Legislature(2011 - 2012)CAPITOL 120
03/26/2012 01:00 PM JUDICIARY
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* first hearing in first committee of referral
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= bill was previously heard/scheduled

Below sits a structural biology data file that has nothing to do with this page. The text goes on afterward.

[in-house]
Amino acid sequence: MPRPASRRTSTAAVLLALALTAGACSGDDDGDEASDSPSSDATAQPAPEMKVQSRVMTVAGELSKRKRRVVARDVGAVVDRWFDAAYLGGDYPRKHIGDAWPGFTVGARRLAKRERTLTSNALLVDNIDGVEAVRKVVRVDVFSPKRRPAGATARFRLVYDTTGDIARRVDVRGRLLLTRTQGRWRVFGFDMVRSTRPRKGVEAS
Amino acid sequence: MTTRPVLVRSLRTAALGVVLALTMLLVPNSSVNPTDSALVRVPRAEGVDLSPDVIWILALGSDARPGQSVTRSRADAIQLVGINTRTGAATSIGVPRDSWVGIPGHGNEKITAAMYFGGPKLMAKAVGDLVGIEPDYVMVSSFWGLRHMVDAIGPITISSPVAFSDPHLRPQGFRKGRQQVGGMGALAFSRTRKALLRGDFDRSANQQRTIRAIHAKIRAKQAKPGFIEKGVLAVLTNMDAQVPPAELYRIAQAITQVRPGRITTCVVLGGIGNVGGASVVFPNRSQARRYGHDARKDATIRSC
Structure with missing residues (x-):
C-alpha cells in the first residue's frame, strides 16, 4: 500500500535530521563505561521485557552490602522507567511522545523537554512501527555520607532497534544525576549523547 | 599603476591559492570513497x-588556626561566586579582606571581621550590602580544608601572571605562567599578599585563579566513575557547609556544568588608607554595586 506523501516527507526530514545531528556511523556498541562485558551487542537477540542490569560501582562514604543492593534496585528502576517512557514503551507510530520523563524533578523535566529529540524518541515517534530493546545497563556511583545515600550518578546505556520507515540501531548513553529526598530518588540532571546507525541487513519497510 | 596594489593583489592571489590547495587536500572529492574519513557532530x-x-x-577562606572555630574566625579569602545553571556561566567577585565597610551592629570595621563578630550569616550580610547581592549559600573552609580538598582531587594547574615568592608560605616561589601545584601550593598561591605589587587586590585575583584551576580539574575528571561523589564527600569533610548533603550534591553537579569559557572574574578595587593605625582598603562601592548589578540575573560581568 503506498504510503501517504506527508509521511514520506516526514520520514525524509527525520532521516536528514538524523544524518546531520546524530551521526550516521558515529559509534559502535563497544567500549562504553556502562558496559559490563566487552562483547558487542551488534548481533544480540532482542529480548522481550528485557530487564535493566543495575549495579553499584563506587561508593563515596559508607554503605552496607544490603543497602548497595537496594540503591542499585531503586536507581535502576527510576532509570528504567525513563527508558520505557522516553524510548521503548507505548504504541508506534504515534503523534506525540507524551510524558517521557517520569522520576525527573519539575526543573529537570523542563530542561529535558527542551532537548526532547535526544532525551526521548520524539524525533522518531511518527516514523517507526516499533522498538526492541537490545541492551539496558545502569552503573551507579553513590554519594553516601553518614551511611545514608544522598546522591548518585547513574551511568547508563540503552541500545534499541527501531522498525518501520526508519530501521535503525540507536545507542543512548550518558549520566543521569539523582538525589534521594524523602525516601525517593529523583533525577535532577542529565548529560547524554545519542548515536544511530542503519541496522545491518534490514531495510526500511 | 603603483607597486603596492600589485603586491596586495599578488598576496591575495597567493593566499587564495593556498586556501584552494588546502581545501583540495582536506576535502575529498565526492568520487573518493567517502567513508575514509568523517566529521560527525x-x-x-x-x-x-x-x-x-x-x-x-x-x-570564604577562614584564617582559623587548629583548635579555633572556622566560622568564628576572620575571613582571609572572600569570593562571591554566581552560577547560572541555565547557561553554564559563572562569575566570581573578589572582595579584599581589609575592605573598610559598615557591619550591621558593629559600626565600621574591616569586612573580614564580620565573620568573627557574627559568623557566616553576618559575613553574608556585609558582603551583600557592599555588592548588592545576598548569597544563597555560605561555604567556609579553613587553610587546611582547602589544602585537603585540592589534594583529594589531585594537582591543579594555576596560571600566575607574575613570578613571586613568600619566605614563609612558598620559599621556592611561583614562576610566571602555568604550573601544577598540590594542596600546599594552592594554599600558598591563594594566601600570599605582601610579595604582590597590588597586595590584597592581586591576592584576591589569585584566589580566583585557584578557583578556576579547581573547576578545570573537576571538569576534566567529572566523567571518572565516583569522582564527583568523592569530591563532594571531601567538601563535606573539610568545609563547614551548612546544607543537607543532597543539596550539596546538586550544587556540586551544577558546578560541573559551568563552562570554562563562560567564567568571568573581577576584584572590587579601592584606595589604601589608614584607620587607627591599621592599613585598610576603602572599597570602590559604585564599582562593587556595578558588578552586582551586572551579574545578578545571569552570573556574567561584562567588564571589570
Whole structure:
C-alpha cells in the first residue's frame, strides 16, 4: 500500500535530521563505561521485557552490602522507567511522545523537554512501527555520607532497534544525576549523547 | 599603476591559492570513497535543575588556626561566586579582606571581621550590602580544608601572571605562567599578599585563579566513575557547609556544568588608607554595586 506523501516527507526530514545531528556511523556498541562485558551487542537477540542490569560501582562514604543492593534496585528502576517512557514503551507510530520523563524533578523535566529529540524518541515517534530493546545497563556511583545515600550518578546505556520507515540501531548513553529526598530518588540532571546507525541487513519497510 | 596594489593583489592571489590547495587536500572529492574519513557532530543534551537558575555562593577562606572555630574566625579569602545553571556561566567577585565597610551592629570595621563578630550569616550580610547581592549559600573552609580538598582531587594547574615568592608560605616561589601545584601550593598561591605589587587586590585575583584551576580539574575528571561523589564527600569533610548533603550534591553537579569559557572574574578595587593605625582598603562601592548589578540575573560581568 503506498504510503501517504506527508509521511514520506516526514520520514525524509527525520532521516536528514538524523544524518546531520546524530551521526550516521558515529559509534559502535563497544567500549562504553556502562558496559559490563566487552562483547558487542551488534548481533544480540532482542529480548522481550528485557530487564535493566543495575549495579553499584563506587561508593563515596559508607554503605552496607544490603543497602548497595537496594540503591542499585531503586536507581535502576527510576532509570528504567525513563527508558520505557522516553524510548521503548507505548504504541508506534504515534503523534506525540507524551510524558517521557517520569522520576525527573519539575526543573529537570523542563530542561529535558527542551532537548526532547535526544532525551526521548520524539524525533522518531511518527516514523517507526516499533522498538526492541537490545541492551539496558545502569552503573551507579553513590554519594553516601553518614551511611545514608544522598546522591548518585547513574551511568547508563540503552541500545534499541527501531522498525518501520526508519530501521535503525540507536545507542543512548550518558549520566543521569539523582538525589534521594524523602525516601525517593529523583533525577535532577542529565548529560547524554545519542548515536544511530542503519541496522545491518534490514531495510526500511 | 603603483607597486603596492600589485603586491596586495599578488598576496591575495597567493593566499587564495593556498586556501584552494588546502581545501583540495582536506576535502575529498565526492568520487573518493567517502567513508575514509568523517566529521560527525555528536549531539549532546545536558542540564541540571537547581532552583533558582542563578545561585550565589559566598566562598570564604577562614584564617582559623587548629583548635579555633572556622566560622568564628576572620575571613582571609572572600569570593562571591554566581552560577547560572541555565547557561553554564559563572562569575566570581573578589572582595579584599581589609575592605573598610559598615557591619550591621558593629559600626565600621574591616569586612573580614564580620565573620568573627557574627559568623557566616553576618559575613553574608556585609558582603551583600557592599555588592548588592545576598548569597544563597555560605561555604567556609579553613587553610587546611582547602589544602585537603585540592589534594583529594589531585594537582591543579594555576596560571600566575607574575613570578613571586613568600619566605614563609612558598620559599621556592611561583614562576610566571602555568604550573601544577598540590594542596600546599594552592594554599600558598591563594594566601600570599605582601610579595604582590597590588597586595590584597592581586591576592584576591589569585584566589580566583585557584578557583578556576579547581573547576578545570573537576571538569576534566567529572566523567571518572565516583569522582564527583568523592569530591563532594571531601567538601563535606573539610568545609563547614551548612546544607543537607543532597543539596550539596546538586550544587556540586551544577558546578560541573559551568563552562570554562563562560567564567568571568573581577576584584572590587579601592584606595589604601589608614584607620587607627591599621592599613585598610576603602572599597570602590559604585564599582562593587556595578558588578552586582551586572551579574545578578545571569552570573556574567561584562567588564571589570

HB 343 - DISCLOSURE OF CHILDREN'S RECORDS 1:06:28 PM VICE CHAIR THOMPSON announced that the only order of business would be HOUSE BILL NO. 343, "An Act relating to disclosure of records of the Department of Health and Social Services pertaining to children in certain circumstances; and providing for an effective date." [Before the committee was CSHB 343(HSS).] 1:07:52 PM REPRESENTATIVE CATHY MUNOZ, Alaska State Legislature, sponsor, explained that HB 343 would address issues first brought to her attention by the Division of Juvenile Justice (DJJ) and the Office of Children's Services (OCS), both agencies of the Department of Health and Social Services (DHSS). The bill has three primary purposes: first, to clarify that the DJJ and the OCS can exchange information [about their mutual clients] - although such exchange is allowed under current law, misunderstanding on that point has occurred; second, to allow individuals with a legitimate interest, such as former clients - or their parents or legal guardians - to receive personal information from the DJJ that could, for example, help them apply for jobs, join the military, or obtain health care; and third, to simplify and streamline current law regarding public disclosure of information pertaining to juveniles. She noted that members' packets contain two flowcharts: one that illustrates the public disclosure process under current law - which she characterized as cumbersome, hard to interpret and implement, and in need of streamlining; [and one that illustrates that process under the bill]. REPRESENTATIVE MUNOZ explained that under the bill, when cases involving certain crimes - enumerated in Section 4's proposed AS 47.12.315(a)(1)-(7) - are petitioned to the court and probable cause is established, information about those cases can then be disclosed to the public, though Section 4's proposed AS 47.12.315(c) stipulates that the only information which may then be disclosed are the name of the minor, the name of each legal parent or guardian, the specific offense alleged to have been committed, and the final outcome of the court proceedings related to the offense. The crimes listed in Section 4's proposed subsection (a)(1)-(7) are all serious crimes: a felony offense against a person under AS 11.41; arson in the first or second degree; burglary in the first degree; distribution of child pornography; promoting prostitution in the first degree; misconduct involving a controlled substance in the first, second, or third degrees involving distribution or possession with intent to deliver; and misconduct involving weapons in the first through fourth degrees. She noted that proposed paragraph (7) no longer contains a reference to the crime of misconduct involving weapons in the fifth degree due to an amendment made in the bill's prior committee of referral. 1:11:44 PM TONY NEWMAN, Social Services Program Officer, Division of Juvenile Justice (DJJ), Department of Health and Social Services (DHSS), remarked that improving the ability of agencies like the OCS and the DJJ to work together - as Sections 1 and 2 of HB 343 would do for the OCS and the DJJ, respectively - is embraced by advocacy organizations nationwide, including the Child Welfare League of America (CWLA), the National Council of Juvenile and Family Court Judges (NCJFCJ), and the Center for Juvenile Justice Reform (CJJR). The changes proposed by [Sections 1 and 2], if adopted, would demonstrate to everyone that [the DHSS] is dedicated to improving services and outcomes for children and families through collaboration. Section 3's proposed AS 47.12.310(f) will enable the DJJ to be more responsive to requests for information, particularly requests from former clients seeking their own information; he mentioned that he, himself, has received such requests, which, he added, have become more commonplace for a variety of reasons, and Section 3 will make it easier for the DJJ to help its former clients as they pursue various ways of improving their lives. MR. NEWMAN explained that Section 4's proposed AS 47.12.315 would clarify when information about a [juvenile offender] is subject to public disclosure and when it is not. It is time- consuming and challenging to interpret current law on that point, and the bill's proposed changes will ensure that the public can continue to access information about [perpetrators of offenses] that represent the most serious risk to public safety, while also protecting the confidentiality of juvenile offenders who pose little or no risk. He assured the committee that HB 343 will not change the laws [requiring confidentiality in] child abuse and neglect cases, or the laws regarding victim notification - victims will continue to receive the information they need regarding their [juvenile perpetrators] - and law enforcement agencies, schools, foster parents, and others with well-established rights to [juvenile-offender] information will continue to receive the information they need to do their work effectively. MR. NEWMAN, in conclusion, proffered that HB 343 will improve the DJJ's ability to manage, exchange, and disclose juvenile offender information, while also respecting the state's desire for its juvenile justice system to both serve public safety and help children put their delinquent behavior behind them. 1:15:11 PM REPRESENTATIVE KELLER observed that HB 343 - [via its Section 1's proposed AS 47.10.093(b)(15), and its Section 2's proposed AS 47.12.310(b)(2)(M)] - will add stipulations that appropriate information regarding a case shall be disclosed to a state or municipal agency of Alaska or another jurisdiction [responsible for delinquent minors, or responsible for child protection services, respectively]. He characterized [such provision] as very, very broad, and expressed interest in amending the bill such that it would additionally stipulate that any such other jurisdictions be ones that have what he termed, "similar rules" for protecting children. To clarify, he referred to several amendments included in members' packets that all contained the heading, "CONCEPTIONAL [sic] AMENDMENT", and ventured that their proposed changes will ensure that the best interests of the children are being considered; those amendments, additionally labeled 27-LS1394\M.1, 27-LS1394\M.1.a, 27-LS1394\M.1.b, [and 27-LS1394\M.2,] respectively, read [original punctuation provided]: [27-LS1394\M.1, addressing Section 1's existing AS 47.10.093(b)(6)] Page 2, Line 9 Insert: (6) a law enforcement agency of this state or another jurisdiction with similar rules for protection as necessary for the protection of any child or for actions by that agency to protect public safety; [27-LS1394\M.1.a, addressing Section 1's proposed AS 47.10.093(b)(15)] Page 3, Line 2 (15) a state or municipal agency of this state or another jurisdiction with similar rules and are responsible for delinquent minors, as may be necessary for the administration of services, protection, rehabilitation, or supervision of a child or for actions by the agency to protect the public safety. [27-LS1394\M.1.b, addressing Section 2's proposed AS 47.12.310(b)(2)(M)] Page 4, Line 18 (M) a state or municipal agency of this state or another jurisdiction with similar rules and responsible for child protection services, as may be necessaryfor [sic] the administration of services, protection, rehabilitation, or supervision of a minor or for actions by the agency to protect the public safety; and [27-LS1394\M.2, addressing Section 4's proposed AS 47.12.315(b)(3)] Page 4 [sic], Line 21 Delete all language and insert: (3) the court has entered a notice of conviction or received a guilty plea from the defendant through legal counsel. 1:16:45 PM REPRESENTATIVE MUNOZ relayed that she has discussed the amendments additionally labeled 27-LS1394\M.1, 27-LS1394\M.1.a, and 27-LS1394\M.1.b with the Department of Law (DOL), and indicated that the concern with the changes proposed by those amendments is that any investigatory process that would have to be undertaken in order to ensure that other jurisdictions have similar rules will simply become another "bureaucratic hurdle" to getting necessary information. REPRESENTATIVE KELLER suggested as an alternative amending Sections 1 and 2 such that disclosing the information to other jurisdictions would be permitted but not mandatory. He then referred to Section 4's proposed AS 47.12.315(b)(3), and questioned the rationale for providing that information may be disclosed to the public if, after a petition has been filed and the minor has been arraigned, a finding of probable cause that the minor committed the crime has been entered by the court. Under Section 4 as currently written, a court could enter such a finding, with the result being that information about the minor is then disclosed to the public, even though ultimately the minor is never convicted of the crime. 1:19:23 PM REPRESENTATIVE GRUENBERG observed that the amendment additionally labeled 27-LS1394\M.2 - addressing Section 4's proposed AS 47.12.315(b)(3) - contains an incorrect page reference, and clarified that it should instead read: Page 5, Line 21 Delete all language and insert: (3) the court has entered a notice of conviction or received a guilty plea from the defendant through legal counsel. REPRESENTATIVE KELLER expressed concern that disclosing information to the public after only a mere finding of probable cause could result in litigation. He said it seems as if the criterion should instead be one of the minor having been convicted of, or of having confessed to, the crime. MR. NEWMAN explained that in the juvenile justice system, the term, "conviction" isn't used, but acknowledged that it's entirely possible that a minor could initially be arraigned - and a finding of probable cause entered - but then not be adjudicated delinquent. He offered his understanding, however, that under the bill, current information would be disclosed, so in a situation wherein the minor wasn't adjudicated delinquent, that point would be disclosed as well. REPRESENTATIVE KELLER reiterated his concern that under Section 4 as currently written, inappropriate disclosure could occur. 1:23:07 PM REPRESENTATIVE GRUENBERG indicated that he shared Representative Keller's concerns with the bill. MR. NEWMAN, in response to questions, mentioned that under Section 3's proposed AS 47.12.310(f), the DHSS shall adopt regulations that will govern the release of information [about a minor under its jurisdiction to persons with a legitimate interest, and shall adopt standards for identifying what would constitute a legitimate interest]. He also mentioned that the information referenced in Section 3 has no statute of limitation with regard to when the information can be released, whereas the information referenced in Section 4 has a five-year statute of limitation [as stipulated in Section 4's proposed AS 47.12.315(f)]; furthermore, Section 4 only applies to information related to certain types of offenses. He said that with a great many of the DJJ's clients, their information doesn't fit the criteria for public disclosure under Section 4, but they, too, would like to be able to obtain their own information, and so could do so under the changes proposed via Section 3. REPRESENTATIVE GRUENBERG indicated favor with Section 3. 1:29:42 PM STACIE KRALY, Chief Assistant Attorney General - Statewide Section Supervisor, Human Services Section, Civil Division (Juneau), Department of Law (DOL), in response to comments, stated that one of the primary purposes of HB 343 is to clarify that the OCS and the DJJ are allowed to share information [about mutual clients]; Sections 1 and 2 of the bill were precisely drafted to address the fact that existing Title 47 doesn't expressly authorize those two agencies to share client information. Section 1 addresses statutes pertaining to the OCS, with the language of its proposed AS 47.10.093(b)(15) referencing the DJJ - specifically via its wording, "agency of this state ... responsible for delinquent minors"; and Section 2 addresses statutes pertaining to the DJJ, with the language of its proposed AS 47.12.310(b)(2)(M) referencing the OCS - specifically via its wording, "agency of this state ... responsible for child protection services". She cautioned against unwittingly gutting those sections by adopting [the amendments additionally labeled 27-LS1394\M.1, 27-LS1394\M.1.a, and 27-LS1394\M.1.b,] which would add to Sections 1 and 2 stipulations that any other jurisdictions that are being provided information be ones with rules similar to Alaska's. MS. KRALY, in response to a question, explained that the wording, "or another jurisdiction" was intentionally included in those provisions of Sections 1 and 2 in order to allow the sharing of information with sister agencies in other states; for example, if the OCS in Alaska needed to share information with Idaho's division of juvenile justice, then under Sections 1 and 2 as currently written, that could occur, thereby avoiding duplication of services or previously-failed treatment. 1:33:57 PM REPRESENTATIVE KELLER - referring to the wording in the amendments additionally labeled 27-LS1394\M.1, 27-LS1394\M.1.a, and 27-LS1394\M.1.b, "with similar rules" - questioned whether adding that wording would enable the DHSS to ensure that other jurisdictions being provided information have at least some standards for protecting children similar to Alaska's standards. MS. KRALY indicated that counter to what the bill is intended to effectuate, adding that wording would create a bar to quick and efficient disclosure of information, by essentially requiring that a comparative analysis be conducted by an OCS social worker, his/her managers, and the DOL in order to address the legal question of whether a particular jurisdiction does indeed have sufficiently similar standards. She also pointed out that tied to federal funding, federal oversight of both types of organizations already occurs, thereby providing overarching consistency between the states with regard to such standards. REPRESENTATIVE GRUENBERG noted that the wording, "or another jurisdiction" could refer to a jurisdiction in a foreign country - not all of which provide children with [adequate] protection - and suggested that the bill be amended to give deference to what he termed, "domestic" jurisdictions, particularly given that disclosure of the information would be mandatory under the bill. REPRESENTATIVE KELLER characterized HB 343 as a very good bill, and acknowledged that the existing law is very confusing. REPRESENTATIVE GRUENBERG - to address his concern about foreign jurisdictions, and referring to the language that the amendments additionally labeled 27-LS1394\M.1, 27-LS1394\M.1.a, and 27- LS1394\M.1.b were proposing to add to Sections 1 and 2 - ventured that perhaps it would suffice to instead just add a stipulation that information shall be disclosed to foreign jurisdictions that have rules for protecting children; in this way, the question of whether any such rules are sufficiently similar to Alaska's need not be addressed. 1:42:31 PM QUINLAN STEINER, Director, Central Office, Public Defender Agency (PDA), Department of Administration (DOA), said his concern with HB 343 is that in clarifying for everyone - including the court, which is currently addressing the issue of whether the OCS and the DJJ are statutorily allowed to share information - that the OCS and the DJJ shall share information about mutual clients, as Sections 1 and 2 as currently written will do, it could result in the child not being forthcoming with the OCS because he/she would know that the DJJ could obtain information about him/her from the OCS and then possibly use it against him/her during a DJJ adjudication; that knowledge that such sharing shall occur could ultimately undermine the OCS's efforts to help that child. In response to a question regarding a possible solution to his concern about the potential chilling effect such knowledge could have on how the child relates to the OCS, he acknowledged that perhaps a provision could be added to HB 353 to either require a court order prior to the sharing of information, or to require that notice and an opportunity to object be given prior to the sharing of information. 1:49:50 PM NAOMI HARRIS, Community Relations Manager, Office of Children's Services (OCS), Department of Health and Social Services (DHSS), said that the OCS is in support of HB 343 because it standardizes the information the OCS is allowed to share with the DJJ. Currently, some confusion exists, she acknowledged, and the bill will address that by clarifying for everyone that such sharing can occur. In response to questions, she said she does not agree with the PDA that HB 343 will impact how forthcoming a client is with the OCS. Instead, passage of the bill will enable the OCS and the DJJ to work together to support the best interests of the child and his/her rehabilitation. REPRESENTATIVE GRUENBERG suggested that perhaps the bill should be amended to require the DJJ and the OCS to provide clients with notice that the two agencies share information about mutual clients with each other. MR. NEWMAN, in response to questions and comments, remarked that both the DJJ and the OCS are agencies of the Department of Health and Social Services (DHSS), and both are dedicated to promoting the health and wellbeing of the children they serve. Both agencies already have access to each other's databases, and although there might still be some misunderstanding with regard to the nature of the OCS and DJJ's collaborative relationship, passage of HB 343, specifically its Sections 1 and 2, will be helpful in both clarifying that point for everyone and in ensuring that the DJJ has the information it needs in order to take the best approach with each of its clients, individually, in terms of ensuring that his/her best interests are served. In response to further questions, he first acknowledged that with regard to the lawful disclosure of confidential information, existing law is not yet clear on the issue of whether an agency lawfully receiving such confidential information is then also required to maintain the confidentiality of that information; and then provided brief information regarding existing provisions of AS 47.10.093(b) and AS 47.12.310((b)(2) that would not be changed by HB 343. 2:05:32 PM BARBARA HENJUM, Director, Division of Juvenile Justice (DJJ), Department of Health and Social Services (DHSS), stated that the DJJ is very supportive of HB 343, believing that each of its three main components are necessary to assist the DJJ in furthering its goals of rehabilitating the children under its care and doing so in such a way that is sensitive to each child's particular situation and needs. To address the concern that information obtained from the OCS could be misused by the DJJ, she pointed out that that hasn't been a problem to date, adding that both the OCS and the DJJ have the same goal - protecting the children. In conclusion, she thanked the committee for its support of HB 343. MR. NEWMAN, in response to comments and a question, relayed that he'd contacted former standing master William D. Hitchcock, who, until his recent retirement, presided over Anchorage's Family CARE (Community Assisted Recovery Effort) Court (FCC) - which specifically addresses child in need of aid (CINA) cases - and who said he didn't see anything problematic with HB 343 and thought it to be a good idea, particularly the public-disclosure streamlining the DHSS is trying to achieve with it. REPRESENTATIVE GRUENBERG expressed a desire for Legislative Legal and Research Services to review the aforementioned amendments additionally labeled 27-LS1394\M.1, 27-LS1394\M.1.a, 27-LS1394\M.1.b, and 27-LS1394\M.2. VICE CHAIR THOMPSON closed public testimony on HB 343, and relayed that [CSHB 343(HSS)] would be held over.